Balancing Small Business

Poe's Accounting Service's blog for helping small businesses get more out of their financial accounting.


Reformation Productions Agency - Tuesday, March 27, 2018

Sometimes people make errors when filing their federal income tax returns. In some instances, submitting an amended return is required. Here’s what to know about whether you need to refile and how to go about it.
1.Determining when to amend: Reasons include...
•Correcting filing status
•Altering the number of dependents
•Amending total income
•Claiming tax deductions or credits that weren’t claimed originally
•Incorrectly claiming a premium tax credit for health insurance
•Receiving a corrected or voided Form 1095-A health insurance statement
2.Determining when not to amend: The Internal Revenue Service (IRS) will correct math errors and notify you by mail of a form or schedule that is required to be submitted.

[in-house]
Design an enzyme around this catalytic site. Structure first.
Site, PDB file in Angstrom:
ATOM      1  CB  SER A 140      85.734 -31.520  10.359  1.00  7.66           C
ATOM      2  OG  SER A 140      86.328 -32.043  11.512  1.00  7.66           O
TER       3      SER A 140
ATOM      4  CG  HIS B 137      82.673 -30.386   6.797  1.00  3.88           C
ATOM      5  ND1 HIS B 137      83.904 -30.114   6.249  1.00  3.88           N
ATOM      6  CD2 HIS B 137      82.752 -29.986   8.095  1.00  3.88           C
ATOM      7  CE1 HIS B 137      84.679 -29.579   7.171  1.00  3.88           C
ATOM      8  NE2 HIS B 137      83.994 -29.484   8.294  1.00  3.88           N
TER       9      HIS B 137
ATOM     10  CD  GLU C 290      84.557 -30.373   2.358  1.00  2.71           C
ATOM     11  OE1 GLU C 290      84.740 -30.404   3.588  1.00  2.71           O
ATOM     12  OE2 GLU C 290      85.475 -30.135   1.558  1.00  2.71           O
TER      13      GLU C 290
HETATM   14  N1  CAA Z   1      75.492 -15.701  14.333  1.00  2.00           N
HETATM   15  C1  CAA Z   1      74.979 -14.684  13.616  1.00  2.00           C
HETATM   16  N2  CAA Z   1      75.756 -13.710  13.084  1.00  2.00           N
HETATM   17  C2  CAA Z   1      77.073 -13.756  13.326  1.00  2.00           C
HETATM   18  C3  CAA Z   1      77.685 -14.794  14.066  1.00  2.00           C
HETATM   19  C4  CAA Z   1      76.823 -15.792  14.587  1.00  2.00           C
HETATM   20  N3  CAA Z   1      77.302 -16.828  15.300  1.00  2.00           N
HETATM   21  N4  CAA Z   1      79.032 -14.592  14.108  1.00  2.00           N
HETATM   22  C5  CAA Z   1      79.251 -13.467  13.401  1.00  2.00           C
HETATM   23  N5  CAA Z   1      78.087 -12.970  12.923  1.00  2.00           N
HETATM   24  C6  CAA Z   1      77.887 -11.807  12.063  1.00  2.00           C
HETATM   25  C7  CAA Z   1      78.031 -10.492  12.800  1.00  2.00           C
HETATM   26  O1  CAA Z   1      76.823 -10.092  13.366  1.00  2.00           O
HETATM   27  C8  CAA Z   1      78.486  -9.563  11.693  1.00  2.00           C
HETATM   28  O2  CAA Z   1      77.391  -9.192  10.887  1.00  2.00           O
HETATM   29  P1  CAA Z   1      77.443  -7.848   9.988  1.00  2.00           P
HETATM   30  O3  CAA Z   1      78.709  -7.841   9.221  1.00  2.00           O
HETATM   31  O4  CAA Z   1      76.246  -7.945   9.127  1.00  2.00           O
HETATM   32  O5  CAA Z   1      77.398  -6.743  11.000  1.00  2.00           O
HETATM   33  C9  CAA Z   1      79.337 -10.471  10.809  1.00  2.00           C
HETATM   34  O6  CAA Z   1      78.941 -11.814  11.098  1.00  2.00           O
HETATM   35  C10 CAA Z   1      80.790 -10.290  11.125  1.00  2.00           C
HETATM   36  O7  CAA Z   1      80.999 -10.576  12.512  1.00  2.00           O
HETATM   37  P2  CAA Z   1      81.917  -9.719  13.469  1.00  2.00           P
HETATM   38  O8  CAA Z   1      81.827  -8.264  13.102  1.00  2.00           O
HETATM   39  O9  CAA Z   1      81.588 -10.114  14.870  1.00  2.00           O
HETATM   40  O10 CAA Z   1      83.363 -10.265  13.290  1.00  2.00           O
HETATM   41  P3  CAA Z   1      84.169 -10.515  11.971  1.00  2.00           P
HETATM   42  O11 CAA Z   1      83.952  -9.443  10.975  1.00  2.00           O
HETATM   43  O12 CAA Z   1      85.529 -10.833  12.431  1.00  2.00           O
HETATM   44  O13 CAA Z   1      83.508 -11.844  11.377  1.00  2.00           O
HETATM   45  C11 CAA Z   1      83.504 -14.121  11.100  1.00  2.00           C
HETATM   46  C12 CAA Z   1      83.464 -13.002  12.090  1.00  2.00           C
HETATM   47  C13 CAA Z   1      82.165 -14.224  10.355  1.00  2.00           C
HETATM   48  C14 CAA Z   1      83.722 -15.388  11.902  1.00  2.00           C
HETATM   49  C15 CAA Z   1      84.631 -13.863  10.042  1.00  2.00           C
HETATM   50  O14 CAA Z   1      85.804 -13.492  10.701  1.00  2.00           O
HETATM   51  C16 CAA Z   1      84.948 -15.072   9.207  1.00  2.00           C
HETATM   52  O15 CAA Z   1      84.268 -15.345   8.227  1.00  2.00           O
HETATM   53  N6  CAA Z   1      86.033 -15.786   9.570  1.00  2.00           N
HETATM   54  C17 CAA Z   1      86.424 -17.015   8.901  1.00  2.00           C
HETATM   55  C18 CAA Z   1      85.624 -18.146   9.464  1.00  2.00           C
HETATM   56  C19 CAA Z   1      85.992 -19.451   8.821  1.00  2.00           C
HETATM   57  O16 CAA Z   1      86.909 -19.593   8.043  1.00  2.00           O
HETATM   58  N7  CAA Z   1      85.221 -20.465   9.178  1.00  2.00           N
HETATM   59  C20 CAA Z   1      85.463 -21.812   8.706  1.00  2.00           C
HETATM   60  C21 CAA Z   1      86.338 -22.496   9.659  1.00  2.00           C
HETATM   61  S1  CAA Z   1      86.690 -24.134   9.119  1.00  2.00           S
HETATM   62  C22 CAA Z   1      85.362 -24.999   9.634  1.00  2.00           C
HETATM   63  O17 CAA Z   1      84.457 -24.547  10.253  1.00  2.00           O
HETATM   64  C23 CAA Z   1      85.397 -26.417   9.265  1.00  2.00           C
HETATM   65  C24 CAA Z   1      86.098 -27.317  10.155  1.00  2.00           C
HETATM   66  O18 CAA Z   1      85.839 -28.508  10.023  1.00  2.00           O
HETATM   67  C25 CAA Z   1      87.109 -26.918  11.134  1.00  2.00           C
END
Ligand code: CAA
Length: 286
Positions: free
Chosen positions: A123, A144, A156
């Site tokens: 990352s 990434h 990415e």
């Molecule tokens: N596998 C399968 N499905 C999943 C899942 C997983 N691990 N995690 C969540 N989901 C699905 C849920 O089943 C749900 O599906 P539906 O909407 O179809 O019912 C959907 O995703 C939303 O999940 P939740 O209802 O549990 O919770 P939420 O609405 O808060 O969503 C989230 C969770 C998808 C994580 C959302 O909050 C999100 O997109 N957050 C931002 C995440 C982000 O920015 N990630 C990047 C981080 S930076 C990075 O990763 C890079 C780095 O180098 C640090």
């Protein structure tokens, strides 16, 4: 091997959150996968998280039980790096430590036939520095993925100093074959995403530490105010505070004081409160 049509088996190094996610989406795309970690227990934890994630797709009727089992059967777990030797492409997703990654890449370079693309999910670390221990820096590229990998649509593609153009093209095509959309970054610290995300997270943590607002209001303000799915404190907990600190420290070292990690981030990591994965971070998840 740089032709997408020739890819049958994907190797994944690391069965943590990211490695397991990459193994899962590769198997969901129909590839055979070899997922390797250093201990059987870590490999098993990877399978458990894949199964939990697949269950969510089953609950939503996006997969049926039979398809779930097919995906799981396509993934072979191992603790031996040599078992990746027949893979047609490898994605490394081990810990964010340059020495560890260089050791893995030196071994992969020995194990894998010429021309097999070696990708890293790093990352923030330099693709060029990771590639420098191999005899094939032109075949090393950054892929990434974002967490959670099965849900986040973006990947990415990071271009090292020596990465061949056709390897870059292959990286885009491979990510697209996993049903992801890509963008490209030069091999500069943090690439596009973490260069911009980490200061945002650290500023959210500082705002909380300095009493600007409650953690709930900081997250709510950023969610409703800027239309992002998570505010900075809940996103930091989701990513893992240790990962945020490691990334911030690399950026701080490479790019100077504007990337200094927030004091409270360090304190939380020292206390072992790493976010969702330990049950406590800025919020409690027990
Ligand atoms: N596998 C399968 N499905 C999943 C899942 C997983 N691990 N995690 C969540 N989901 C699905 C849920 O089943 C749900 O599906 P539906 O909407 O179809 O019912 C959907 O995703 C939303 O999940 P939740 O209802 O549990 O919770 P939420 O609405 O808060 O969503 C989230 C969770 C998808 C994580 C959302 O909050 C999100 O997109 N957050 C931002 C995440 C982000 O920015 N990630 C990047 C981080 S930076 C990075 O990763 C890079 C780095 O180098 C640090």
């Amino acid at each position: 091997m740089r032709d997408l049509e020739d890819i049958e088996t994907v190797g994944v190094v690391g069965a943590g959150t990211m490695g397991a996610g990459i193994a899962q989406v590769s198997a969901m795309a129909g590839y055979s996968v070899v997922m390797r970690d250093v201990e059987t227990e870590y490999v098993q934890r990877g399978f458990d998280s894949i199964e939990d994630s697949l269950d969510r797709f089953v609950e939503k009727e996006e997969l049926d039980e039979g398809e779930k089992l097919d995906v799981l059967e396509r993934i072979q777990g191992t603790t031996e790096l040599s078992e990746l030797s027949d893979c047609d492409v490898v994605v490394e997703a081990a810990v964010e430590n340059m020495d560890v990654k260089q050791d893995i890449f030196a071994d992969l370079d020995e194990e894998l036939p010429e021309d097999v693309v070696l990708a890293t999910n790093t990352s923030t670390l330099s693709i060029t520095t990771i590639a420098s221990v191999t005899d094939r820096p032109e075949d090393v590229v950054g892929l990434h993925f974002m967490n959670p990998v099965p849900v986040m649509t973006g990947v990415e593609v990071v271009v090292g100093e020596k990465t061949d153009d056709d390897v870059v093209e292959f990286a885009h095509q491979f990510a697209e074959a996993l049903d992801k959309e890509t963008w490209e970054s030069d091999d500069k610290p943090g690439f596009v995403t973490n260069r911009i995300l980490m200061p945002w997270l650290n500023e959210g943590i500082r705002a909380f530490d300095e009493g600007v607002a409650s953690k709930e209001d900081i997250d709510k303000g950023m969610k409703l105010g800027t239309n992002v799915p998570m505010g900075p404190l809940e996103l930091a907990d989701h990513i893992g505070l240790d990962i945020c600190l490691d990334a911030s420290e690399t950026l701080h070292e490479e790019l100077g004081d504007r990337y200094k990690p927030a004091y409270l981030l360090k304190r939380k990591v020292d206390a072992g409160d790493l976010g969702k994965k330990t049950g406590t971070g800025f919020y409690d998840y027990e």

3.Selecting the right form to complete and what to insert: Amendments must be made on an actual paper copy of Form 1040X – it can’t be filed electronically.
3.1.Check the box at the top to show which year you’re amending.
3.2.Write the amount(s) from the original return in Column A.
3.3.Write the net increase or decrease in the amount(s) you’re changing in Column B.
3.4.Put the corrected amounts in Column C.
3.5.Explain what you’re changing and why on the back of the form.
4.Submitting amendments for more than one tax year: You must submit a separate Form 1040X for each amended year and mail each one in a separate envelope.
5.Attaching additional documentation: If your changes relate to other tax forms or schedules, attach them to Form 1040X to prevent delays in processing.
6.Timing submission of an amended return: If you’re waiting for a refund from your original tax return, don’t file the amended one until you receive the refund. (You may cash the refund check from your original return.) It takes up to 16 weeks to process an amended return.